Waterfront Commons: A Destination, Not A Pass ThroughNovember 15, 2011 4 comments Print Article
It's the predominant feature of West Palm Beach's latest downtown destination. A 12.5-acre, half mile stretch of concrete waterfront transformed into a $30 million public space featuring sprawling lawns, walkways, docks, a beach and a greed certified glass-encased community building that can be used for special events: Waterfront & City Commons.
The Waterfront and City Commons project is the long-awaited answer to bringing the spectacular West Palm Beach waterfront to life! Few cities in the United States have a waterfront feature like Flagler Drive, a graceful, winding roadway along the Intracoastal lined with stately Royal palms. A collaboration led by internationally acclaimed urban planners and designers, artists, and engineers transformed the waterfront with features such as a mile-long esplanade, sweeping green spaces, and new amenities that showcase the Citys heritage, culture, and natural beauty.
Grand Opening images courtesy of http://www.wpb.org/waterfront/gallery.html
The Waterfront and City Commons project opened with a spectacular celebration on Saturday, February 20th, 2010. Over 100,000 people came to the event and were delighted by the new project! Currently, you can find entertainment on the waterfront each weekend, see spectacular laser light shows every night at 7pm, 8pm, and 9pm, and enjoy a variety of diverse events. For more information on the Waterfront and City Commons, please visit http://www.cityofwpb.com/waterfront.
Centennial Square at the Waterfront Commons (The Fountain)
Centennial Square is anchored by a large interactive fountain and has become a popular downtown destination for kids of all ages. A dense cluster of a mix of uses and the vibrant Clematis Street district is well integrated with Centennial Square.
The Palm is a stage area that connects Centennial Square with the Great Lawn. The Palm is now home to the free Clematis By Night Fountainside Concert Series, which runs every Thursday from 6pm to 9pm.
The Great Lawn is the main central space of the Commons. It is a large open area of "flex space" designed to accommodate major downtown events such as the Boat Show and Sunfest. Prior to the construction of the Commons, this site was the location of the city's public library building.
Visitors Center/Water Gardens
The Great Lawn is encased by a vistors center and public water gardens, featuring seven specially designed water elements. Canopies surrounding the visitors center are also design to accommodate public market and vendor kiosks for special events.
The USGBC LEED certified Lake Pavilion uses solar panels to reduce the City's carbon footprint. It is equipped with a 17 kilowatt solar system connected to the FPL grid. The pavilion features floor to ceiling windows on three sides providing clear views to the City's waterfront. The building is utilized as a community center and for special events such as art exhibits, receptions, conferences, and weddings.
As a part of the Commons project, four lane Flagler Drive as reconfigured to allow for more open space along the waterfront. This linear public space now features intimate seating areas and small event 'rooms' along a continuous bike and pedestrian path, as well as an unique water feature seating bench. Trees were saved and moved from other areas of the old library site (now the Great Lawn) to create a mature shade canopy.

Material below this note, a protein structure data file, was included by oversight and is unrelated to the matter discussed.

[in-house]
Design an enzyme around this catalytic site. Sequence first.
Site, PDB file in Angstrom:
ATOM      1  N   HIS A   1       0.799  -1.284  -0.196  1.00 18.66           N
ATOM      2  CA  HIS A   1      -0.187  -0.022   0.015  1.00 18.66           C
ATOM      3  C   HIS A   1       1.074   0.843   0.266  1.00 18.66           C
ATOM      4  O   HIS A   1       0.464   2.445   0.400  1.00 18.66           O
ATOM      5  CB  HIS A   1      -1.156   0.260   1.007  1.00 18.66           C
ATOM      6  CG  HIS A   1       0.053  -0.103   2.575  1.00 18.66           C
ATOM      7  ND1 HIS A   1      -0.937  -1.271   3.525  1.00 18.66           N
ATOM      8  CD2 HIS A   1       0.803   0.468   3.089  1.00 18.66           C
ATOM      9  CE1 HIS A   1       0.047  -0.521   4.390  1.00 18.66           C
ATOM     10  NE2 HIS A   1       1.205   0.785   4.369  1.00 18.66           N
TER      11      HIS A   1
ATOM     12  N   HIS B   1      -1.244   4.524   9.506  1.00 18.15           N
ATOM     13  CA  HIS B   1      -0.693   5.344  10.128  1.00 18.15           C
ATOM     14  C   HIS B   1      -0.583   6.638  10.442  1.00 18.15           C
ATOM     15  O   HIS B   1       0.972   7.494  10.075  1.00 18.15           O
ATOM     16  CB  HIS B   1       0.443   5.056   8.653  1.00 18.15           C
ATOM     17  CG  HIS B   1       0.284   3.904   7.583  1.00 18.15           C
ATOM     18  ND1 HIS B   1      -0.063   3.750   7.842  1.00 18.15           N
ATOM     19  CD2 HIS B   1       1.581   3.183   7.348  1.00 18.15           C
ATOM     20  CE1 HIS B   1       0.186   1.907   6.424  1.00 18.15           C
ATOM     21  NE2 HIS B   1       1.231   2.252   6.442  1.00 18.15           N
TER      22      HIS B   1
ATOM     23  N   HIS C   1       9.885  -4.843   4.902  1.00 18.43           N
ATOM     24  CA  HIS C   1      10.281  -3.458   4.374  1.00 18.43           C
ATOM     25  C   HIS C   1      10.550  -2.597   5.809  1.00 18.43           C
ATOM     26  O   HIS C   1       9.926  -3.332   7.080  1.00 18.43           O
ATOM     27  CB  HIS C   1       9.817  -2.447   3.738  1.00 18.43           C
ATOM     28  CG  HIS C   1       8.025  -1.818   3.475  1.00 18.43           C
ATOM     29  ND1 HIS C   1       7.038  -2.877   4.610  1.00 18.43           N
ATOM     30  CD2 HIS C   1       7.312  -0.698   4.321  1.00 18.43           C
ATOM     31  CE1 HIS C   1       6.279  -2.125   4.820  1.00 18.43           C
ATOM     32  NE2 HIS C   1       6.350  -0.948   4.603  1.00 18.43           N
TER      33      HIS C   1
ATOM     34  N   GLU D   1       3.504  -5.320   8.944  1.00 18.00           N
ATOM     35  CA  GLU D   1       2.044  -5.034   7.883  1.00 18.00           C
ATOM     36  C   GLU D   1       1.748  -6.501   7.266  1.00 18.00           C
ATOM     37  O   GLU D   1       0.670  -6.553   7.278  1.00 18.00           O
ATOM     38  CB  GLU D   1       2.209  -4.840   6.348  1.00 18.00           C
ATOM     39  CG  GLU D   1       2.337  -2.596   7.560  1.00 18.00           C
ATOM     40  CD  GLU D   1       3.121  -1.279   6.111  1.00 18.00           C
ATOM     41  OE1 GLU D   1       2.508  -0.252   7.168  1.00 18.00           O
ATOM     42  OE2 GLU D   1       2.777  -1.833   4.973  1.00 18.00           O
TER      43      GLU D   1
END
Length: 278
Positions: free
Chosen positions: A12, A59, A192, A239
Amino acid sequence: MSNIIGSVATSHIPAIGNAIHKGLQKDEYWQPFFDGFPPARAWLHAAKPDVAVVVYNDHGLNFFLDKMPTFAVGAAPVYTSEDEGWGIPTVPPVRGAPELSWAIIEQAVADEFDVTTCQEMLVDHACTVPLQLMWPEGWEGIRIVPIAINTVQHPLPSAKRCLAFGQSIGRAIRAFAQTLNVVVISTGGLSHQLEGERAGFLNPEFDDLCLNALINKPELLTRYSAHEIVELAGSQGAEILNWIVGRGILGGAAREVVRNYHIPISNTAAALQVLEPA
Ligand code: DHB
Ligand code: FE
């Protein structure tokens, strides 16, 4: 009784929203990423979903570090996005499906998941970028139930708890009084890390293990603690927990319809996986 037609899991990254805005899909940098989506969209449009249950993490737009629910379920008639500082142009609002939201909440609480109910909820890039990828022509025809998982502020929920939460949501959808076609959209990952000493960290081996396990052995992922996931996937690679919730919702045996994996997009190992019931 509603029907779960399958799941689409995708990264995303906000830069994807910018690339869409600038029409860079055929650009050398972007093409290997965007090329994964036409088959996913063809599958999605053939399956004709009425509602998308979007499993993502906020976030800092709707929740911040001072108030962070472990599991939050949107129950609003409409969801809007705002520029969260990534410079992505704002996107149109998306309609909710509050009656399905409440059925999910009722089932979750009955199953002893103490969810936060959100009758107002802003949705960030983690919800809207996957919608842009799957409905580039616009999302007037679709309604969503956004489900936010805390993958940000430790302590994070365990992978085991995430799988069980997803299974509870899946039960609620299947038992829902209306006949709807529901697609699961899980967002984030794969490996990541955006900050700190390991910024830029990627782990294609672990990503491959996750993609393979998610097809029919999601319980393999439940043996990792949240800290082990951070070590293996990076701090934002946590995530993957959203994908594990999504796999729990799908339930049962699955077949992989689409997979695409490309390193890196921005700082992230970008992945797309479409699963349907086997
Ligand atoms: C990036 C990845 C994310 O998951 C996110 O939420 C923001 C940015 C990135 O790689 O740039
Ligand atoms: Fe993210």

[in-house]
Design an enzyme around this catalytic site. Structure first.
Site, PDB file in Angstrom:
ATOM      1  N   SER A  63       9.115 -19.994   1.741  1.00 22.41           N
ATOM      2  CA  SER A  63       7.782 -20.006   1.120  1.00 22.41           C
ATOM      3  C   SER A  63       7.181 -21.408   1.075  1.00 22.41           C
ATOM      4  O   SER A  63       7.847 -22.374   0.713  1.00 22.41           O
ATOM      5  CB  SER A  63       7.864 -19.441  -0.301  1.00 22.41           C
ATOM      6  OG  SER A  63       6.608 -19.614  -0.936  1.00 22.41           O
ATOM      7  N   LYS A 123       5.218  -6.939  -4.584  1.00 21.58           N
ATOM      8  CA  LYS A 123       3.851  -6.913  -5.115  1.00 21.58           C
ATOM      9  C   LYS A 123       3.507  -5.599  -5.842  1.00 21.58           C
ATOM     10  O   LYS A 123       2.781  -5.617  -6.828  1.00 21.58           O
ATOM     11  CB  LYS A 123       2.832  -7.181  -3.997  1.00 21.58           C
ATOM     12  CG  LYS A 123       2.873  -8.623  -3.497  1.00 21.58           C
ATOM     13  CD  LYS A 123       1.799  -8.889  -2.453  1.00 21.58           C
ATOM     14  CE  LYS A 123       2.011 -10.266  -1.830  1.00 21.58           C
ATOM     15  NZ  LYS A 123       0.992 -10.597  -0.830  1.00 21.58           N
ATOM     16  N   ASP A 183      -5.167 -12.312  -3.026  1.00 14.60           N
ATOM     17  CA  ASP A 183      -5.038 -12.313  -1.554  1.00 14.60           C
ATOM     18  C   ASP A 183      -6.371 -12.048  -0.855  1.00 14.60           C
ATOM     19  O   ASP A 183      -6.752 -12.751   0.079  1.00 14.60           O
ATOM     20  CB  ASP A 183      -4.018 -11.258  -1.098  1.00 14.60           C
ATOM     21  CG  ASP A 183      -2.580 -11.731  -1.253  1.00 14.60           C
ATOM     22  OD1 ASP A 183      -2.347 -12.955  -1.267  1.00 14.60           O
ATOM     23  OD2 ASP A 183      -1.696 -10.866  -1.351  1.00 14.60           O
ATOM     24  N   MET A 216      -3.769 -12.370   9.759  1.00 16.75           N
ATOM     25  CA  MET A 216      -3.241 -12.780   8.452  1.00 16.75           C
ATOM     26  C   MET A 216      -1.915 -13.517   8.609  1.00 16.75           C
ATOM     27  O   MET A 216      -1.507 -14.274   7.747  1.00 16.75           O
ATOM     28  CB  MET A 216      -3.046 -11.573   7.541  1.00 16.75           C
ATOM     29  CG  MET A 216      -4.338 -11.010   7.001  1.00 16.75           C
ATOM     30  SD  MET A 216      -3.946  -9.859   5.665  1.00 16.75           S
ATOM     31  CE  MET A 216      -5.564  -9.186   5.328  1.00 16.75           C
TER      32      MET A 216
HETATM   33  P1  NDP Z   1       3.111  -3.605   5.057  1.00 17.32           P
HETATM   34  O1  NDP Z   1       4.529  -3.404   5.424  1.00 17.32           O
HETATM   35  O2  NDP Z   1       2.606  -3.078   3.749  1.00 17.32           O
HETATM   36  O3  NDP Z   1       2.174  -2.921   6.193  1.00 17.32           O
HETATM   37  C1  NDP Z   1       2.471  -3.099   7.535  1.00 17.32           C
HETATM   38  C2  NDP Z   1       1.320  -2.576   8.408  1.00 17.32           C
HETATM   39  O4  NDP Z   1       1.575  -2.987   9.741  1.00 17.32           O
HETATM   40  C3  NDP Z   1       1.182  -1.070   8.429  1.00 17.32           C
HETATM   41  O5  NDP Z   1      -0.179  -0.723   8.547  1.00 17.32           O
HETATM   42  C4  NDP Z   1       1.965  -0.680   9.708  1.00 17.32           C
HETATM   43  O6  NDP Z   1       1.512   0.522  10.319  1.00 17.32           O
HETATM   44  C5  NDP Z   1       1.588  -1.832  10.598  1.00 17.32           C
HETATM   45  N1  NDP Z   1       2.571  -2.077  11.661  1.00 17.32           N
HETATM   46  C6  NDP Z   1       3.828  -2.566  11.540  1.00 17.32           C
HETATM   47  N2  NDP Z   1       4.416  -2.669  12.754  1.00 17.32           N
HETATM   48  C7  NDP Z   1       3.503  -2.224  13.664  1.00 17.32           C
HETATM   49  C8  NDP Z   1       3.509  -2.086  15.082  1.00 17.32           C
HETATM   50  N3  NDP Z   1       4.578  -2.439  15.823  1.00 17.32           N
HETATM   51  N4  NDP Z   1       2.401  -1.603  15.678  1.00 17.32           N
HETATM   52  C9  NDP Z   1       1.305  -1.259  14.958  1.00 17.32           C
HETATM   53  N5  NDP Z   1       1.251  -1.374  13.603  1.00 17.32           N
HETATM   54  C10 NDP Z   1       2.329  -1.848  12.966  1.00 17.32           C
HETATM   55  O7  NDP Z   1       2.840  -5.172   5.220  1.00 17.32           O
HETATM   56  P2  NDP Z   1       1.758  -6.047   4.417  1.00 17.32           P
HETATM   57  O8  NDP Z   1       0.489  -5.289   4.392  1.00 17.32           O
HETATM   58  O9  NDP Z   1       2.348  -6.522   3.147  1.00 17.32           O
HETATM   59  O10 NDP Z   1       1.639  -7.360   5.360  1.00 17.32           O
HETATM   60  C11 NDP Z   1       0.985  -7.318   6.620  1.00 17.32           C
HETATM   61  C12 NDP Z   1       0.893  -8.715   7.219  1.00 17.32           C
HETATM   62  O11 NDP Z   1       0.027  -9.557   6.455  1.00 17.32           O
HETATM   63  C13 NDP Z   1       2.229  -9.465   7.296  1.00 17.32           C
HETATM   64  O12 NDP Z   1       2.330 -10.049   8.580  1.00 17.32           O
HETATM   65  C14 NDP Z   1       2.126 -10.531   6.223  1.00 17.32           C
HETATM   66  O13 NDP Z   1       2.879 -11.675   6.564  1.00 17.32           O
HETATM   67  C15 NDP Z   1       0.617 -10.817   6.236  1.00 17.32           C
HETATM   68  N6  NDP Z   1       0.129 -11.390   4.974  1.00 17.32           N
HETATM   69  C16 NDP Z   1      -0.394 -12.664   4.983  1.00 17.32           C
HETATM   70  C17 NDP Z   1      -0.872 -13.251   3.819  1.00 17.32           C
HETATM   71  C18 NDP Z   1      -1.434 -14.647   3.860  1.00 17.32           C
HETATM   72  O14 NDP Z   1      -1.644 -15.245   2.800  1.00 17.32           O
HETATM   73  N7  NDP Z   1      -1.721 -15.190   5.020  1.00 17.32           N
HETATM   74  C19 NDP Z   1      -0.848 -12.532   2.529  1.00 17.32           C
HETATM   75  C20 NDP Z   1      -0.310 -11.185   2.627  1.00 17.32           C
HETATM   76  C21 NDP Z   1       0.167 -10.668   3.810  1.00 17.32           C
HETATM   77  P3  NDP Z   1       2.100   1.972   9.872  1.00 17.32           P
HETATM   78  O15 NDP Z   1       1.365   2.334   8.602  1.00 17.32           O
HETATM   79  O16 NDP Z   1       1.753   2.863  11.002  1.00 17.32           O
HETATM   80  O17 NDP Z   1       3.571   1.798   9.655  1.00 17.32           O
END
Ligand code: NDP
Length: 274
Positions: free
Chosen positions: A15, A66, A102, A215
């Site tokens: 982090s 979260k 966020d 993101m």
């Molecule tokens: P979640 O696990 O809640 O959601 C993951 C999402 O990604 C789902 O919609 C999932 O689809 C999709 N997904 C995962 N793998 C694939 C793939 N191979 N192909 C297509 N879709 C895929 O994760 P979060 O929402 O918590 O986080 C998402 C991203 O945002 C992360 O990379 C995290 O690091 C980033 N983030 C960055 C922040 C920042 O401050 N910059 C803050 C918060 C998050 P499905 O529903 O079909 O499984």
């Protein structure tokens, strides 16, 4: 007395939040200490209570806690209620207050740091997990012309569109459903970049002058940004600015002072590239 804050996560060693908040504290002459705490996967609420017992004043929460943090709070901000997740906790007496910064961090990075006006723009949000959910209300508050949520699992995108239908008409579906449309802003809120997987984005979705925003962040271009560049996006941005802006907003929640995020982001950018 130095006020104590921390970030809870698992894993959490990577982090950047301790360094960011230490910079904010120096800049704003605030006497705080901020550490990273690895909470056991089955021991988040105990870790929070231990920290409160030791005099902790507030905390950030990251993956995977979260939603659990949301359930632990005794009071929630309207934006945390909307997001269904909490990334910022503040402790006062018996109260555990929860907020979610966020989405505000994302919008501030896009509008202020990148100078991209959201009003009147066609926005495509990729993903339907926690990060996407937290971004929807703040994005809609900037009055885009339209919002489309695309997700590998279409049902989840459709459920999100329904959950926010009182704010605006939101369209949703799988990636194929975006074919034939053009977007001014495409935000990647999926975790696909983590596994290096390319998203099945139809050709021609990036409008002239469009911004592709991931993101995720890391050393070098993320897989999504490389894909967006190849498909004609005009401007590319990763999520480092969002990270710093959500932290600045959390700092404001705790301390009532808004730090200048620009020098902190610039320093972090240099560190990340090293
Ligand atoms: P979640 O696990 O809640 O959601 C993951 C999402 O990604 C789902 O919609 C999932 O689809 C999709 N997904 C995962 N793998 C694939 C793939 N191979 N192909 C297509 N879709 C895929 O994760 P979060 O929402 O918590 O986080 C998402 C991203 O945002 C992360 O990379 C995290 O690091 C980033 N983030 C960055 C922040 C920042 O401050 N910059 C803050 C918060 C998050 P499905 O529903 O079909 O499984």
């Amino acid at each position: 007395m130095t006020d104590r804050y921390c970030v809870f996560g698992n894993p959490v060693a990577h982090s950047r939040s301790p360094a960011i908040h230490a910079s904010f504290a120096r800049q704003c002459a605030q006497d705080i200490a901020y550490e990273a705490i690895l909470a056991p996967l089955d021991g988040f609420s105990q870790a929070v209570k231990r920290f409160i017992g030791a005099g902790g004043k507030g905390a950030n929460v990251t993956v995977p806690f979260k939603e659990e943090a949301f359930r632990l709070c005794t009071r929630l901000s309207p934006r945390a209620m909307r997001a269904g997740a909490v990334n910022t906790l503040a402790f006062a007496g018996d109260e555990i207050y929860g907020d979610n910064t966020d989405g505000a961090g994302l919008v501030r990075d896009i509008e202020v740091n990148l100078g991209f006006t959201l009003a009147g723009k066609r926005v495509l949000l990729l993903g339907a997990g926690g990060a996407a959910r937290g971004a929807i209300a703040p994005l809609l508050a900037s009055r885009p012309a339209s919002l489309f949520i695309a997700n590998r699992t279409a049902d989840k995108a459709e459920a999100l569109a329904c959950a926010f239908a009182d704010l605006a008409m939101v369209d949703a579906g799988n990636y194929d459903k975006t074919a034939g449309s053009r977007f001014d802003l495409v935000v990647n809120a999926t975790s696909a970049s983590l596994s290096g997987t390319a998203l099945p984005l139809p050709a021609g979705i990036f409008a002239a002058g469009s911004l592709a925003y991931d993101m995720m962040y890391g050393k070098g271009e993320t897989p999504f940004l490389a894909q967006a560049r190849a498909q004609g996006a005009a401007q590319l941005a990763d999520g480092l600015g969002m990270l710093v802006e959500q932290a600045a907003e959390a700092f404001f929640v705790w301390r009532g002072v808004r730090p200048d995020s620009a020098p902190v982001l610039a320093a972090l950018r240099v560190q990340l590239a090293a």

Waterfront Living Docks
In 2009 the City of West Palm Beach completed three new docks that allow for boat tie-ups and a water-taxi to encourage visitors into the downtown. One of the docks includes in-water planters containing native mangroves, spartina, and a visible oyster reef set into the dock surface. Perhaps the first of its kind in the nation, this boat dock and promenade designed by Michael Singer Studio actually functions as an environmental living system- filtering water and providing small pockets of habitat set within an estuarine man-made structure. This element, the first completed of the larger Waterfront project, won a Marine Industries Award in 2009. Use of the docks is free for non-commercial boats. Rafting up is not permitted. The docks are open seven days a week from 5:00 a.m. to midnight.
Dock 1 (the northern-most dock) has a maximum capacity of 12 vessels, dock 2 (the middle dock) has a maximum capacity of 24, and dock 3 (the southern-most dock) has a maximum of 12.
Stretching 440' into the Intracoastal Waterway, the middle dock is the main pedestrian dock, offering the perfect spot for families taking a walk, business people looking for a tranquil spot to enjoy lunch or visitors soaking in the downtown scenery. It features unique underwater ecosystems, planters with native plants, shaded seating areas for the public and day docking for boaters.
The docks project was completed with the support of the Florida Inland Navigation District, which presented the City a check for $4.25 million for waterfront revitalization at the grand opening. The docks have also already been honored with the Florida Marine Industries "Project of the Year" award. The Florida Marine Industries Association and Show Management (producer of the Palm Beach Boat Show) also contributed $500,000 each to the docks project.
What's Next: South Cove Ecological Regeneration
The South Cove Ecological site will feature newly constructed tidal gardens and oyster reefs that will provide stormwater filtration and habitat enhancement to improve the water quality and biodiversity of the estuary. This will be complemented with an educational boardwalk system.
South Cove renderings courtesy of http://www.wpbwaterfrontproject.com/?page_id=6
For more information: www.wpb.org/waterfront/
Article by Ennis Davis
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